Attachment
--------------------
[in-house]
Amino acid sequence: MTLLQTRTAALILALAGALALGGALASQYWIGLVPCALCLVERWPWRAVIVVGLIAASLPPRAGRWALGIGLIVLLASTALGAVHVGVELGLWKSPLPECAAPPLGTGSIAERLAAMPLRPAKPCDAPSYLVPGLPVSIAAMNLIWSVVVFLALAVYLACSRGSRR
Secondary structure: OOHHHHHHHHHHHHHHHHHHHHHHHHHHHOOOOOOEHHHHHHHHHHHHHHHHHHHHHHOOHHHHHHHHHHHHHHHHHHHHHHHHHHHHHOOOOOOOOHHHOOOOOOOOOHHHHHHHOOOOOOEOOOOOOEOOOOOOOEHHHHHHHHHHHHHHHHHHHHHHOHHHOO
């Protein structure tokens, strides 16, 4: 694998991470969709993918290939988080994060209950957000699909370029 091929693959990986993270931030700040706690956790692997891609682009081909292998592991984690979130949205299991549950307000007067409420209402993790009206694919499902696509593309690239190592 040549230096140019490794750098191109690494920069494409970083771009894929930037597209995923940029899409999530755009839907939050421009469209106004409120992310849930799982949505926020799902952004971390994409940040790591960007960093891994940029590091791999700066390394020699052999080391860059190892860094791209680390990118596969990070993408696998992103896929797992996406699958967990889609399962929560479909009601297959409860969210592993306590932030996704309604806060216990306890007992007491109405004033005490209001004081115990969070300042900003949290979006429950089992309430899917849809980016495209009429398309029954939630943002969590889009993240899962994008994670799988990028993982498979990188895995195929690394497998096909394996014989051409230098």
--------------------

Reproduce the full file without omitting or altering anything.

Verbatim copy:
[in-house]
Amino acid sequence: MTLLQTRTAALILALAGALALGGALASQYWIGLVPCALCLVERWPWRAVIVVGLIAASLPPRAGRWALGIGLIVLLASTALGAVHVGVELGLWKSPLPECAAPPLGTGSIAERLAAMPLRPAKPCDAPSYLVPGLPVSIAAMNLIWSVVVFLALAVYLACSRGSRR
Secondary structure: OOHHHHHHHHHHHHHHHHHHHHHHHHHHHOOOOOOEHHHHHHHHHHHHHHHHHHHHHHOOHHHHHHHHHHHHHHHHHHHHHHHHHHHHHOOOOOOOOHHHOOOOOOOOOHHHHHHHOOOOOOEOOOOOOEOOOOOOOEHHHHHHHHHHHHHHHHHHHHHHOHHHOO
């Protein structure tokens, strides 16, 4: 694998991470969709993918290939988080994060209950957000699909370029 091929693959990986993270931030700040706690956790692997891609682009081909292998592991984690979130949205299991549950307000007067409420209402993790009206694919499902696509593309690239190592 040549230096140019490794750098191109690494920069494409970083771009894929930037597209995923940029899409999530755009839907939050421009469209106004409120992310849930799982949505926020799902952004971390994409940040790591960007960093891994940029590091791999700066390394020699052999080391860059190892860094791209680390990118596969990070993408696998992103896929797992996406699958967990889609399962929560479909009601297959409860969210592993306590932030996704309604806060216990306890007992007491109405004033005490209001004081115990969070300042900003949290979006429950089992309430899917849809980016495209009429398309029954939630943002969590889009993240899962994008994670799988990028993982498979990188895995195929690394497998096909394996014989051409230098």